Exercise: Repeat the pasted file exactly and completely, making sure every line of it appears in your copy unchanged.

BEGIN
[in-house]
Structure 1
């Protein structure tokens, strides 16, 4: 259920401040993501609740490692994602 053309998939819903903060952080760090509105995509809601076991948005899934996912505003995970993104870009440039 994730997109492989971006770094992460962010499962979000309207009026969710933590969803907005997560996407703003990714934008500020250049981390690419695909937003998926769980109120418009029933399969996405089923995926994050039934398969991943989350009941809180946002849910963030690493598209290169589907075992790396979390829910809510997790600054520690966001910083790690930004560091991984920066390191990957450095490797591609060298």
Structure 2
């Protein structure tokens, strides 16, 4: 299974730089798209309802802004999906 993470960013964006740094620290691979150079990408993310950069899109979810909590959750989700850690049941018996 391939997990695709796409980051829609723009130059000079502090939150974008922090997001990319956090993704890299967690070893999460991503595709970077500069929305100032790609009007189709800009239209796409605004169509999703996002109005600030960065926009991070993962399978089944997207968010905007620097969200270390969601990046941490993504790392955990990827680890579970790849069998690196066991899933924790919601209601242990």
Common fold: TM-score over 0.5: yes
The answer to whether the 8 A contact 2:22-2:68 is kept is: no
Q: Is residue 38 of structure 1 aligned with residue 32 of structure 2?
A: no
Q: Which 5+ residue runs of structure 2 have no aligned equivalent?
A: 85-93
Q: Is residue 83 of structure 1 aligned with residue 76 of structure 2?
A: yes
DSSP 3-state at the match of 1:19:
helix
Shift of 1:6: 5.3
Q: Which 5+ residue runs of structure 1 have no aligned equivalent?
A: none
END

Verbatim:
[in-house]
Structure 1
């Protein structure tokens, strides 16, 4: 259920401040993501609740490692994602 053309998939819903903060952080760090509105995509809601076991948005899934996912505003995970993104870009440039 994730997109492989971006770094992460962010499962979000309207009026969710933590969803907005997560996407703003990714934008500020250049981390690419695909937003998926769980109120418009029933399969996405089923995926994050039934398969991943989350009941809180946002849910963030690493598209290169589907075992790396979390829910809510997790600054520690966001910083790690930004560091991984920066390191990957450095490797591609060298």
Structure 2
């Protein structure tokens, strides 16, 4: 299974730089798209309802802004999906 993470960013964006740094620290691979150079990408993310950069899109979810909590959750989700850690049941018996 391939997990695709796409980051829609723009130059000079502090939150974008922090997001990319956090993704890299967690070893999460991503595709970077500069929305100032790609009007189709800009239209796409605004169509999703996002109005600030960065926009991070993962399978089944997207968010905007620097969200270390969601990046941490993504790392955990990827680890579970790849069998690196066991899933924790919601209601242990």
Common fold: TM-score over 0.5: yes
The answer to whether the 8 A contact 2:22-2:68 is kept is: no
Q: Is residue 38 of structure 1 aligned with residue 32 of structure 2?
A: no
Q: Which 5+ residue runs of structure 2 have no aligned equivalent?
A: 85-93
Q: Is residue 83 of structure 1 aligned with residue 76 of structure 2?
A: yes
DSSP 3-state at the match of 1:19:
helix
Shift of 1:6: 5.3
Q: Which 5+ residue runs of structure 1 have no aligned equivalent?
A: none